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The north London club have released a statement in defence of their fan base, who have been threatened with police action by the Society of Black Lawyers for alleged racist chants

Tottenham have stepped in to defend their fans against the Society of Black Lawyers' threat to report claims of anti-Semitic abuse at White Hart Lane to the police.

Peter Herbert, chair of the Society of Black Lawyers, deems the Spurs supporters' chants of "Yids" to be unacceptable in a 10-point plan put forward to combat racism in football.

Tottenham's fan base, which traditionally comprises of a large Jewish contingent, have used the term in defiance against discrimination, and the club have issued a statement insisting that the term is not used to cause offence.

"Our position on this topic is very clear," a Tottenham statement read.

"The club does not tolerate any form of racist or abusive chanting.

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"Our guiding principle in respect of the 'Y-word' is based on the point of law itself - the distinguishing factor is the intent with which it is used i.e. if it is used with the deliberate intention to cause offence. This has been the basis of prosecutions of fans of other teams to date.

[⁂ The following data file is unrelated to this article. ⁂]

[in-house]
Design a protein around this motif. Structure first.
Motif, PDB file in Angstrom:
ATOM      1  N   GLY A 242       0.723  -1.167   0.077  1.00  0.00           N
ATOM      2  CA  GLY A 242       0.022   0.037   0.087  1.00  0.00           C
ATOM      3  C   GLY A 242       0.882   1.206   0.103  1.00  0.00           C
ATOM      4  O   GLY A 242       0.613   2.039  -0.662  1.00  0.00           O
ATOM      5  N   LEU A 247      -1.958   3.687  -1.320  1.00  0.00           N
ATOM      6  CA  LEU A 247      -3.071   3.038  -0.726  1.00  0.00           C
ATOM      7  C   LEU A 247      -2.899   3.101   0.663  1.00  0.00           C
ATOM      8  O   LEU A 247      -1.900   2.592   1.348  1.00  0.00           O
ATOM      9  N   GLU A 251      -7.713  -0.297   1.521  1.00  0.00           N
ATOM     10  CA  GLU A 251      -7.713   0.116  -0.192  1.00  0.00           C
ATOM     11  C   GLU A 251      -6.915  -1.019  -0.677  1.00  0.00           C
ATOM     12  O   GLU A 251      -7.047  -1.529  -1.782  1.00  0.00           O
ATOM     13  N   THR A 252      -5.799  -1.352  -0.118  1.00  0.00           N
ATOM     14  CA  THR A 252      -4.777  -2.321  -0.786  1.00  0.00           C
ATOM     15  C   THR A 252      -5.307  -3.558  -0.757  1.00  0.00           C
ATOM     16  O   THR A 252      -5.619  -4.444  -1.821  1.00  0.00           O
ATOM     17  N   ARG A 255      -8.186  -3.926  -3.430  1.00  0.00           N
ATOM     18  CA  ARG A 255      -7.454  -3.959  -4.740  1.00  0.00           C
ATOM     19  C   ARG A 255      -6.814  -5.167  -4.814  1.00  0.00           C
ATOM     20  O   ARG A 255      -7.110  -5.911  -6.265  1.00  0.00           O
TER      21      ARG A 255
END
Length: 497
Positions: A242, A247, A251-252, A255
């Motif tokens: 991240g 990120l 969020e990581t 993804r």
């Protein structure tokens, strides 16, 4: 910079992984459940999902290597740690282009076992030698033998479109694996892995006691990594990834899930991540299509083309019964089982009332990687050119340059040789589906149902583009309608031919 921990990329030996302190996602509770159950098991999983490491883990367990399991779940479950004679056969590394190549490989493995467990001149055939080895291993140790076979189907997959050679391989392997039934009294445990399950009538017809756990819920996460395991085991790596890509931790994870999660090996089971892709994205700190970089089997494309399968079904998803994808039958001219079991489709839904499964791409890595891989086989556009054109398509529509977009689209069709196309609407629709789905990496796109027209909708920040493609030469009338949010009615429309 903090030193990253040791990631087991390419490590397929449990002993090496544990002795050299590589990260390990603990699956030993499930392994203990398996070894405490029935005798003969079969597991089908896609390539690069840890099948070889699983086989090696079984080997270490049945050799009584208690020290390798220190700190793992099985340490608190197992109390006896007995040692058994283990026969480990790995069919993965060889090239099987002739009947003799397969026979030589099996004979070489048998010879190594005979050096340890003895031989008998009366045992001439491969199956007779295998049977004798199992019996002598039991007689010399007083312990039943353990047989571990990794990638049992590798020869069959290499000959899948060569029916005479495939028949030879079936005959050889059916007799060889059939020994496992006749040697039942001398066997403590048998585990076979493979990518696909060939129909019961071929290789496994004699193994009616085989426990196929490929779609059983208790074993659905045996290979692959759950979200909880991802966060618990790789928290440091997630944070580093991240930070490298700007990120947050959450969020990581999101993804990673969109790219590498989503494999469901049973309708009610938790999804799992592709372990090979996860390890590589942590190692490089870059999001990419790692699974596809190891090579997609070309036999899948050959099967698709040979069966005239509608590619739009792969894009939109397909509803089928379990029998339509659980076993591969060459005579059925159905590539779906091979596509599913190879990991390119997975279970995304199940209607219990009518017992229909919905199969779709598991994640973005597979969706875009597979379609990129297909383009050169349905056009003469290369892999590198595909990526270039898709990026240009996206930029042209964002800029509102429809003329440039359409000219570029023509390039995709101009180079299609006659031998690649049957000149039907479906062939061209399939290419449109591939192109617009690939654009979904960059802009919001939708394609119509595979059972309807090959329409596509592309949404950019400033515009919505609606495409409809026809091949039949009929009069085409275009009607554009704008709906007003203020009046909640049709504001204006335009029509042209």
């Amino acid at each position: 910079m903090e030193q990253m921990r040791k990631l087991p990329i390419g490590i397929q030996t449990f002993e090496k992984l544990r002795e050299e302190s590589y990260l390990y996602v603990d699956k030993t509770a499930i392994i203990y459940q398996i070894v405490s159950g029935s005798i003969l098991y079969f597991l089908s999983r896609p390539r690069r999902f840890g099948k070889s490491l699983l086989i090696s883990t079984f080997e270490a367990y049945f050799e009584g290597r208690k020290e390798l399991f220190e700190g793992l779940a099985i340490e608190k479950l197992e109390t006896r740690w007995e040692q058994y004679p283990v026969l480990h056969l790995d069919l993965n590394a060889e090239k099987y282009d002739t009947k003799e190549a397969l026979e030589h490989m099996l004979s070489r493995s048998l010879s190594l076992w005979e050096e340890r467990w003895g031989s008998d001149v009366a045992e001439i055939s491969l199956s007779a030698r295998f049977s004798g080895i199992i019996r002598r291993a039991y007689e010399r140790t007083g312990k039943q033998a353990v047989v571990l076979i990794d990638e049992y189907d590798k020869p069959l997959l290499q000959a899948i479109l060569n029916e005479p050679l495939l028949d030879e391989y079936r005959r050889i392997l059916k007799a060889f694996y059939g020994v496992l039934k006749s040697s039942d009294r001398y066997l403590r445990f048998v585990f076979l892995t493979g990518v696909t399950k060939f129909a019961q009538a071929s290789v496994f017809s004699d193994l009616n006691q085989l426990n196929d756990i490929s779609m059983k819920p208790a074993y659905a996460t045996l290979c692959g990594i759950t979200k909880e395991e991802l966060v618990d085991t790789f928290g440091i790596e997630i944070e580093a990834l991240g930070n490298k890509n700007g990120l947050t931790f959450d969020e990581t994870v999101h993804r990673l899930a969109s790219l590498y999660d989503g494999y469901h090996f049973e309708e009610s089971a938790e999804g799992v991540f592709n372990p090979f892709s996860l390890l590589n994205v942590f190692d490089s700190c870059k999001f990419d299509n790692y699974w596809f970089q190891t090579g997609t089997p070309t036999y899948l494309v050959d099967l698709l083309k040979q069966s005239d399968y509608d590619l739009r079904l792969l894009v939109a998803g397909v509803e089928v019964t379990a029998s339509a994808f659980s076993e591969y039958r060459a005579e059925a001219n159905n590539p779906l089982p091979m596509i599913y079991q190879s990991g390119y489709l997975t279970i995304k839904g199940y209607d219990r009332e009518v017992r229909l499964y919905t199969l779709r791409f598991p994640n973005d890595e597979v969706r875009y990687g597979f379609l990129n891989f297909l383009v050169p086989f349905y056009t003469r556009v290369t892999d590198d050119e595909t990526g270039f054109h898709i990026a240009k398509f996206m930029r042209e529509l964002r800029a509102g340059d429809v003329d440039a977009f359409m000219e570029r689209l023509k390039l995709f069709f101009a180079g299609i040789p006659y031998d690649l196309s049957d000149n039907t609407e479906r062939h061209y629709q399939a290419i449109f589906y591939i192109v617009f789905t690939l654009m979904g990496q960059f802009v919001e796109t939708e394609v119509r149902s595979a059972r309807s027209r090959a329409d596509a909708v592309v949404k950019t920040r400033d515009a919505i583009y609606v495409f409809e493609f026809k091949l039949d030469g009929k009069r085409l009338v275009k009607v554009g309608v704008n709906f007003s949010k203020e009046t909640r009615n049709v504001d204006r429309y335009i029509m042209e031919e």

"Our fans adopted the chant as a defence mechanism in order to own the term and thereby deflect anti-Semitic abuse. They do not use the term to others to cause any offence, they use it to chant amongst themselves.

"The club believes that real anti-Semitic abuse such as hissing to simulate the noise of gas chambers is the real evil and the real offence. We believe this is the area that requires a determined and concerted effort from all parties and where we seek greater support to eradicate."

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